Apr 28

OptiJPEG - how to optimize JPG images losslessly

Category: Linux,multimedia,Tools   — Published by goeszen on April 28, 2016 at 5:19 pm

optipng and pngcrush are well known tools to optimize data structures within PNG images without actually re-compressing image data. These tools are quite effective in shaving off a few bytes, and sometimes can lead to 20-30% reduction in file size.

optimize jpeg images lossless

JPEG images on the other hand can't be optimized the same way. (There's no such tool named OptiJPEG, I made that up.) The Huffman coding compression scheme can't be optimized to a similar extent. And more effective coding schemes, like arithmetic coding (saving around 10%), became available a few years ago (due to an expired patent) yet decoder libraries too seldomly support it to allow a widespread use.

Even when your sacrificing "immediate viewability" by using a file compressor/archiver, you'll soon find out that JPEGs don't compress well. This page here has a comparison of compression options for JPEGs.

So there's very few left. This stackoverflow question outlines a few.

jpegtran, which is part of libjpeg, allows you to remove unnecessary comments and tags from images, is able to optimize Huffman tables, and can convert images to progressive. Progressive images are not streamable (means a viewer has to keep the whole image in memory for decoding) yet they are usually smaller.

jpegoptim seems to be more of a batch processing tool, which provides most features of jpegtran. Further, it is able to apply lossy re-compression when files are compressed with a quality setting above a certain threshold. (I don't know if or how the tool determines the original quality setting used. Let's hope it does so by using forensics like documented here, here or elsewhere?)

Example 1:

jpegoptim --all-progressive -v --strip-all --max=85 --preserve test.jpg

This will work (-v verbosely) on file test.jpg, overwriting it with a progressive JPEG stripped of all EXIF, etc. tags and in case it's a JPEG with quality > 85%, it will be re-compressed in a lossly way to 85% ("another generation"). File mtime will be kept.

Example 2:

find . -type f -name "*.jpg* -execdir jpegoptim --all-progressive -v --strip-all --max=85 --preserve '{}' \;

This command will traverse the current and all sub directories, finding files ending in .jpg and executes jpegoptim on them. See the post about executing a command on each file from a file glob for how this is done.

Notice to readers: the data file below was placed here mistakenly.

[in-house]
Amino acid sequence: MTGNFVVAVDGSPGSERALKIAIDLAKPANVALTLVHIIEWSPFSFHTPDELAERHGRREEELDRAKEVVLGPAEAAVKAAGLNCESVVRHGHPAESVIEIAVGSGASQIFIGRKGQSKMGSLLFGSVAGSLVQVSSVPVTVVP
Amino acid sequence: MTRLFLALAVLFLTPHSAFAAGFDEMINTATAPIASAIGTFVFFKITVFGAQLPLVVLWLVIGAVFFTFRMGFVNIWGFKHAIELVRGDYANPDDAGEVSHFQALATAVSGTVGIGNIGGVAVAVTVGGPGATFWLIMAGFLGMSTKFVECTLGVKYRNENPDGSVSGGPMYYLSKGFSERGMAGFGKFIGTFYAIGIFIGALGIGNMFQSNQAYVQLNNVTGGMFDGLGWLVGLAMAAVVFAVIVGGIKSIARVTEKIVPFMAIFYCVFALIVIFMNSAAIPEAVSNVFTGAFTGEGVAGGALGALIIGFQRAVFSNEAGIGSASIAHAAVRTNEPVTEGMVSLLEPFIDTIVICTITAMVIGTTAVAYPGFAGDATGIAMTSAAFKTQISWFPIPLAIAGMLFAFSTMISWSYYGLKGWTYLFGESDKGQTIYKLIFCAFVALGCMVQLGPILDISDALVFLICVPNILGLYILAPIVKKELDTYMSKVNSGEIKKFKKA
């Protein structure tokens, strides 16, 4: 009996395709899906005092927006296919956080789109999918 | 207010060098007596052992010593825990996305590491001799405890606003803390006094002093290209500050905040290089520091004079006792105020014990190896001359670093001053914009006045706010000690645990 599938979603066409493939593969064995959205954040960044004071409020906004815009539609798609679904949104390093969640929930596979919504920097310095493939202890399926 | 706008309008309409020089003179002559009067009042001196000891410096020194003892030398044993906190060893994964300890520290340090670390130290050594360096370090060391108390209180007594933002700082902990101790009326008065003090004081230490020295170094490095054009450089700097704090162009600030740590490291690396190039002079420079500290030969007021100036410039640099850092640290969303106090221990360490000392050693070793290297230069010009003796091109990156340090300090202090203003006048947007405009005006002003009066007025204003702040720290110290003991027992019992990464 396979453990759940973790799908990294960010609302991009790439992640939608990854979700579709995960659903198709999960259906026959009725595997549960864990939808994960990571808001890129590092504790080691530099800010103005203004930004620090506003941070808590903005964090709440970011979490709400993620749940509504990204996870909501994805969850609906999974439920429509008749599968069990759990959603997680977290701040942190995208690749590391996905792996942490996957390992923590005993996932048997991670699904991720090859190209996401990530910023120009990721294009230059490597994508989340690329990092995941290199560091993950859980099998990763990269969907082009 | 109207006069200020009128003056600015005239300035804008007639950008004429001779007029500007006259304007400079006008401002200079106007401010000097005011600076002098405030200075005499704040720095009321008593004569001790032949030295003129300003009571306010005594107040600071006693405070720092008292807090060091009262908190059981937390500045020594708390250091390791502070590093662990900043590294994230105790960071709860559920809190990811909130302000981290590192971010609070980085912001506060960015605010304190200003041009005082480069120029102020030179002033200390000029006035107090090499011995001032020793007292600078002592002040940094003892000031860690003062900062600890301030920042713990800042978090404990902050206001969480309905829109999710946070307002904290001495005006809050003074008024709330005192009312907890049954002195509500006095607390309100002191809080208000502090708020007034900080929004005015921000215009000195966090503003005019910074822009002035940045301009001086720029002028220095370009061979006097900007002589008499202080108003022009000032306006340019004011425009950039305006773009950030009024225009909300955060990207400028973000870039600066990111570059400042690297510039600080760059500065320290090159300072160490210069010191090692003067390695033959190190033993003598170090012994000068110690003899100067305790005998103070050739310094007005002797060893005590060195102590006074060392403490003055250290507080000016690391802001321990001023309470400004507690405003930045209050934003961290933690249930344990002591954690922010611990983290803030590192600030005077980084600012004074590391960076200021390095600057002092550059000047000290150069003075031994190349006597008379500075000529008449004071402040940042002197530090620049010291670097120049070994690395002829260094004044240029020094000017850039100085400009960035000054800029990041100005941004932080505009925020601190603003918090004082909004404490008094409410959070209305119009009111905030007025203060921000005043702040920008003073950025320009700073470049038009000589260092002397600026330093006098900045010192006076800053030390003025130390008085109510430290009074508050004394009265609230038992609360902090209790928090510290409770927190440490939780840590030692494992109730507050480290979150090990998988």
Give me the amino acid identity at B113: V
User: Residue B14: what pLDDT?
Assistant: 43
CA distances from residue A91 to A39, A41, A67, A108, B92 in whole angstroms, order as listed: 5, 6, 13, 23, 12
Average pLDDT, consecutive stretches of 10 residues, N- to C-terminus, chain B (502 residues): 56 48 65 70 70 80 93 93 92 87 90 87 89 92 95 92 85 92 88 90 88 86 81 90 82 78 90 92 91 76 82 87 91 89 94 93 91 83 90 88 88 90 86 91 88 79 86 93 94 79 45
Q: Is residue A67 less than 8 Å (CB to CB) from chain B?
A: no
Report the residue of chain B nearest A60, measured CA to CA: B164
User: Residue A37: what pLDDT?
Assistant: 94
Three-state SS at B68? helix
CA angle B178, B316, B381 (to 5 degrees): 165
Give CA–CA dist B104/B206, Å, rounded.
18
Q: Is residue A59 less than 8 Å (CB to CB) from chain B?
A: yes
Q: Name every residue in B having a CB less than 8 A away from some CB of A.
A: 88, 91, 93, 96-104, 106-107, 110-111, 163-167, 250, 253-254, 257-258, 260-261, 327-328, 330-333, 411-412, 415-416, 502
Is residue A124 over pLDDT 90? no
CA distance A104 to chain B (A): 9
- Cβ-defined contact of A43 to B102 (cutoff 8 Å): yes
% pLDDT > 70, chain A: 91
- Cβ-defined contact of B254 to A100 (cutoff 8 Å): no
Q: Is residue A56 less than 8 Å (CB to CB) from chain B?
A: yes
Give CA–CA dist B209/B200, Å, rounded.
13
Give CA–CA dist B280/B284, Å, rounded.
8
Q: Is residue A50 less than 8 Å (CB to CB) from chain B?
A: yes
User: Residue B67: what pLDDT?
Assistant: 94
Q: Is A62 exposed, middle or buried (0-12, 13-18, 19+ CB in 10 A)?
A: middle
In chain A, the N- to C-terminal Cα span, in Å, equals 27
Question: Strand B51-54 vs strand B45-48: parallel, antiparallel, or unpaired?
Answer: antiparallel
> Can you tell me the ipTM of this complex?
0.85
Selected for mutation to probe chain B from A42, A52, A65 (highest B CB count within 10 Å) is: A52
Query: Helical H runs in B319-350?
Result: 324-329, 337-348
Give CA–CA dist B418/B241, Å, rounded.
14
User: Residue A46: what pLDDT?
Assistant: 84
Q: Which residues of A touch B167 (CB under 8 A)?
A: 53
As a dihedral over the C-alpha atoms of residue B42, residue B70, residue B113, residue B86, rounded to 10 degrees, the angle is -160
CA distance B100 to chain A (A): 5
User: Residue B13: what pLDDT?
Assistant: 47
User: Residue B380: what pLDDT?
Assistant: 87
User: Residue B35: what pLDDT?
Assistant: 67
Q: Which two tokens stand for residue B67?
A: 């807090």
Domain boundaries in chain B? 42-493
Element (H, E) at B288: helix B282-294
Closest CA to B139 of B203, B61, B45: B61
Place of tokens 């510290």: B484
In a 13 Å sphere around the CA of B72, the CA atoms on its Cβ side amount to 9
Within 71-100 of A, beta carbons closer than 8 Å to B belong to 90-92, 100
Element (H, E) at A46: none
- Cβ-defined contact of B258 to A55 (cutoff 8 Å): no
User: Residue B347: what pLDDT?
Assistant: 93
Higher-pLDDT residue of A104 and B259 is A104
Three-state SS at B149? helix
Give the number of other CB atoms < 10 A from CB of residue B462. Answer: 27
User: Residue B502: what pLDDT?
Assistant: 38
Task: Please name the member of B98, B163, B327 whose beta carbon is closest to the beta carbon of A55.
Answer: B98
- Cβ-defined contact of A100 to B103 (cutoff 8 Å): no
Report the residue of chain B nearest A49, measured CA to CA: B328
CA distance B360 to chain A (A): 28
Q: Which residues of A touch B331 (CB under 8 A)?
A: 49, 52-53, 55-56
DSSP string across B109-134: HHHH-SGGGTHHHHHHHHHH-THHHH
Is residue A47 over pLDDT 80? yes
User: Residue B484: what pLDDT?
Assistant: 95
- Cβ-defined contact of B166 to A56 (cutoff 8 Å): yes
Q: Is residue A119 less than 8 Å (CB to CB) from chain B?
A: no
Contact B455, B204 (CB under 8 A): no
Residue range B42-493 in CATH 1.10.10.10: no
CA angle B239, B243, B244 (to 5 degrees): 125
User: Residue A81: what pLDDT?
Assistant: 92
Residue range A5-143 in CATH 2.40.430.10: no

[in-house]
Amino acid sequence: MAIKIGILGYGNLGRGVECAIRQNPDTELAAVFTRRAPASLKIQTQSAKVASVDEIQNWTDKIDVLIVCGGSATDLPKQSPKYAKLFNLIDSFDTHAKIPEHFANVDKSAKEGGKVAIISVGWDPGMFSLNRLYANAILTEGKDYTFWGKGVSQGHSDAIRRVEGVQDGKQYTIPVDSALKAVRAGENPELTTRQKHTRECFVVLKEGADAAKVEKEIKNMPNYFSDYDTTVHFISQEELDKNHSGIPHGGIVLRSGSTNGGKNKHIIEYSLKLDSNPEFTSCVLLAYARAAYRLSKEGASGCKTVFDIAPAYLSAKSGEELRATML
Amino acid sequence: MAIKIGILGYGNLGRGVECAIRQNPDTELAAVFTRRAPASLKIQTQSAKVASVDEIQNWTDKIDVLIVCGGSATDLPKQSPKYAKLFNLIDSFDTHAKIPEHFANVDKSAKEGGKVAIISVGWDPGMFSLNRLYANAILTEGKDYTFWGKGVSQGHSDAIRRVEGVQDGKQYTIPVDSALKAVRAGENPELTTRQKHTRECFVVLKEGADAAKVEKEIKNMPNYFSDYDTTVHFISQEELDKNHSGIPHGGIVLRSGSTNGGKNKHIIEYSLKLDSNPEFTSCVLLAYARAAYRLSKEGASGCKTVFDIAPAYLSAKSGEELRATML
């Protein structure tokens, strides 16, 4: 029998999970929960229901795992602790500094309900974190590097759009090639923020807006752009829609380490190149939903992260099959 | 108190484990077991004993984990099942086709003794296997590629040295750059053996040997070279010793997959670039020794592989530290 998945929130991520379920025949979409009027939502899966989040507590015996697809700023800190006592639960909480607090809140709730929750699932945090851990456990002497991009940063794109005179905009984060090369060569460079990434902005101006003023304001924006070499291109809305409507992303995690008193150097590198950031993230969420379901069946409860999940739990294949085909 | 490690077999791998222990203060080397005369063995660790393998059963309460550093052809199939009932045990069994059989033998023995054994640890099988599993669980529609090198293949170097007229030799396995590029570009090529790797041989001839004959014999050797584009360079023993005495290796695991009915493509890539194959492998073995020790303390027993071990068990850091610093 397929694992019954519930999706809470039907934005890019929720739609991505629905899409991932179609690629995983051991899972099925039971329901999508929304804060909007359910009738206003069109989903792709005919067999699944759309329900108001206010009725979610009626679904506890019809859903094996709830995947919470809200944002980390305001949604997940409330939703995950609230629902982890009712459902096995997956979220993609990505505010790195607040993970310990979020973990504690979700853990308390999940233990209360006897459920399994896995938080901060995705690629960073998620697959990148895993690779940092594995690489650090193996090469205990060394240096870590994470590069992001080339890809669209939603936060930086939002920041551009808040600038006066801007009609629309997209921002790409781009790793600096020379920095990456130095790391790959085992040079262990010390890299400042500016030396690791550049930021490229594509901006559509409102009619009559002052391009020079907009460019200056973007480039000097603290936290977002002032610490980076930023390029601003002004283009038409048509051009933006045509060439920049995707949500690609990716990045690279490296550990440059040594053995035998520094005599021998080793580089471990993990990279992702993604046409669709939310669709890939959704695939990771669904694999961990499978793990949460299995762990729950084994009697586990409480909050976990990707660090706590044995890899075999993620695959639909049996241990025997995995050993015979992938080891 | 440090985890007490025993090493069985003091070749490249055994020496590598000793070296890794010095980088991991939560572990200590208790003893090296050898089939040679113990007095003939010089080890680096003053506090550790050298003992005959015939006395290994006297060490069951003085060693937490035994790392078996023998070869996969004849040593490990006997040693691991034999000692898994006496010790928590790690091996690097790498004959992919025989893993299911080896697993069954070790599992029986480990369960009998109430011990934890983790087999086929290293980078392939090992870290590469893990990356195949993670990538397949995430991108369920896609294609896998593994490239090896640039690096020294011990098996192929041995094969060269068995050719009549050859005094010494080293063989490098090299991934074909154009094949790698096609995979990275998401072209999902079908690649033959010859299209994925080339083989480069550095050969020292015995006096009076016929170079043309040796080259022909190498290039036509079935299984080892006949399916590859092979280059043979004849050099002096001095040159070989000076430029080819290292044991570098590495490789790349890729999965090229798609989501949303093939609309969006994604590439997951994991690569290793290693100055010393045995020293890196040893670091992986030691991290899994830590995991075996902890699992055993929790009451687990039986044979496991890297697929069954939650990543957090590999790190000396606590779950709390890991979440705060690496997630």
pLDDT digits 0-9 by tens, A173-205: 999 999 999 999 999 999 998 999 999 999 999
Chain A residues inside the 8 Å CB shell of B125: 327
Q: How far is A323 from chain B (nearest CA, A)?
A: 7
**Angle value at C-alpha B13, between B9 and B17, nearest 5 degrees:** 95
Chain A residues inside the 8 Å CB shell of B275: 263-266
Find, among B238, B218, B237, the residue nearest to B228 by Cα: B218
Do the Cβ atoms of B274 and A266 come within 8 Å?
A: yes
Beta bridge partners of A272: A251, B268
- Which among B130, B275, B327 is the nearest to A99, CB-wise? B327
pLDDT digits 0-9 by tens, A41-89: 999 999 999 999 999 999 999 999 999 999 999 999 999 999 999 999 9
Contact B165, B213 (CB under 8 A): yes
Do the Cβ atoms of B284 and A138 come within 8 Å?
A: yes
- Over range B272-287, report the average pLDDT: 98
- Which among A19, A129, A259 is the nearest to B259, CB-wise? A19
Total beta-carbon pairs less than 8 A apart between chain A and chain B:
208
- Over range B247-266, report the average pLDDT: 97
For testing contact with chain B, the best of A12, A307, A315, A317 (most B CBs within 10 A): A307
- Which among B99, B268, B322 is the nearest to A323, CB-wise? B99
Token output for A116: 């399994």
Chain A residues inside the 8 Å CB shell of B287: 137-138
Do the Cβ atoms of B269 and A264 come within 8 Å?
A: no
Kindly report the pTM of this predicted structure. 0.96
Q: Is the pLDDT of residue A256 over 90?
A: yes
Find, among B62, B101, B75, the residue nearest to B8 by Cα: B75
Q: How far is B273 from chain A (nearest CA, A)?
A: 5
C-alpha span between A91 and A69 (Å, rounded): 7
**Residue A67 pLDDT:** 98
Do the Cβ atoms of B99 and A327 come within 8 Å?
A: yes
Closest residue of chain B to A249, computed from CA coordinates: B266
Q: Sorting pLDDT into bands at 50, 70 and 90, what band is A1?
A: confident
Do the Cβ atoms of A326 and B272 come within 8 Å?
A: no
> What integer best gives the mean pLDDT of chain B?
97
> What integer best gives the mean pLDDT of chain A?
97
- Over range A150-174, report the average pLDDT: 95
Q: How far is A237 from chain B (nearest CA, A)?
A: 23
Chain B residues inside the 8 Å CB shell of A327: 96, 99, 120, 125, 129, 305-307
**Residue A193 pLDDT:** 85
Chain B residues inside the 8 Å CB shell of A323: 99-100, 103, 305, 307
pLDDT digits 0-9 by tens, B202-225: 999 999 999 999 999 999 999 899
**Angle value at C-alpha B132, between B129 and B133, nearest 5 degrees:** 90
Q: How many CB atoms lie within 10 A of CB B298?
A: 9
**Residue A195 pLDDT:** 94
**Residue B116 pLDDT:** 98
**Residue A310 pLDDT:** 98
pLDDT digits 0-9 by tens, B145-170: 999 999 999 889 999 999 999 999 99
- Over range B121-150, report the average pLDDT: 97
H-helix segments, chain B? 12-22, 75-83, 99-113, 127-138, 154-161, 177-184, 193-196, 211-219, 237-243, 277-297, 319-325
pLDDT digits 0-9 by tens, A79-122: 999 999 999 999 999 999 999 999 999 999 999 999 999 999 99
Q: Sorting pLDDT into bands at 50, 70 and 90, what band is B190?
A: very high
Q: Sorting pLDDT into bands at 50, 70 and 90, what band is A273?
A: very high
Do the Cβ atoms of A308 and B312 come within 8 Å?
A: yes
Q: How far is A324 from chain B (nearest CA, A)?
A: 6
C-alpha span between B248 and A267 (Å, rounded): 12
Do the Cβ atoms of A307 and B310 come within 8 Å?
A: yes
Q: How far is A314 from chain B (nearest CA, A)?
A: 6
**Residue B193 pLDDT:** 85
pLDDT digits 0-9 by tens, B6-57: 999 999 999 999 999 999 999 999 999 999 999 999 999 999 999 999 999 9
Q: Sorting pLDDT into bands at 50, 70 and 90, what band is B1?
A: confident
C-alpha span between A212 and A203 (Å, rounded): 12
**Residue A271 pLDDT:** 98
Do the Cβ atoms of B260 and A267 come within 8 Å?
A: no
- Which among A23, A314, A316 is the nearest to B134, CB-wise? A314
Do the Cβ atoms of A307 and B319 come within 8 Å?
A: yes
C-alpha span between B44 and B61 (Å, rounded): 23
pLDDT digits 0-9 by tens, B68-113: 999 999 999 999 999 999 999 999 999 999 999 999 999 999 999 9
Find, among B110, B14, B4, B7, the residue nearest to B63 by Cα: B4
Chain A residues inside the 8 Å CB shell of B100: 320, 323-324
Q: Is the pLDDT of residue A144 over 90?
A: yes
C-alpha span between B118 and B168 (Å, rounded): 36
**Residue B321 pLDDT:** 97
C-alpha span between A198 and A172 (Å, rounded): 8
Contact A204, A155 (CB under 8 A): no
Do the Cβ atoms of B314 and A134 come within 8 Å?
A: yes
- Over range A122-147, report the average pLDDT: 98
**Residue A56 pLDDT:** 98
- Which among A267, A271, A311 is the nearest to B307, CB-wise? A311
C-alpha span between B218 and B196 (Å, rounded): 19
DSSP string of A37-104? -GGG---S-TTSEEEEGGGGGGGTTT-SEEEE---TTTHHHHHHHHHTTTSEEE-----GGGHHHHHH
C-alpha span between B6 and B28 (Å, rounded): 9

Sadly, plain classic JPEG (in contrast to JPEG2000) does not offer selective compression. In jpeg2000 interesting parts of an image can be compressed with a higher quality setting, while less important parts can be heavily compressed. What you can do with JPEGs is blanking certain parts of an image, wiping them with all gray. jpegtran is able to do so. For completeness it should be mentioned that you can also crop images losslessly with jpegtran.

So, once again, here's what you can do:

  1. optimize (declutter) the file structure, with jpegtran or jpegoptim
  2. crop the image and/or wipe less important areas with jpegtran

After that, you can compress files even further but only by wrapping them in another file format, so an image viewer will not be able to instantly display such files (without extracting them from an archive).

packJPG (now github, originated from Hochschule Aalen) (here's a GUI) is designed to compress JPEG files and can achieve 20% size reduction, but resulting files are .PJG files which no viewer I know of is able to display.

WinZip seems to use an effective way of treating JPEGs, but I haven't tested it

The PAQ compressor and companion ZPAQ archiver implements an algorithm designed for packing JPEGs.

7z offers "method 60: jpeg" as part of its pluggable compressor architecture, but I couldn't get it to work and so can't say anything about what it does, if it works, or if it's meant to compress JPEGs in the first place.

So that's what you can do (not much) to save a few bytes.

Coming from lossless?

For completeness, when you have access to the uncompressed (lossless) source image (like a RAW or PNG/TIFF/...), try to use the most recent libjpeg library for an efficient compression. Often mozjpeg is mentioned as a very capable alternative.

Don't use best quality (setting 12 in PhotoShop or 100% in GIMP). For everyday use, select something between 70-85% (GIMP), and for high quality images something around 10 (PS) or 95-98% (GIMP). 99% and 100% (GIMP) won't buy you anything and file size may double.

Further JPEG related reading:

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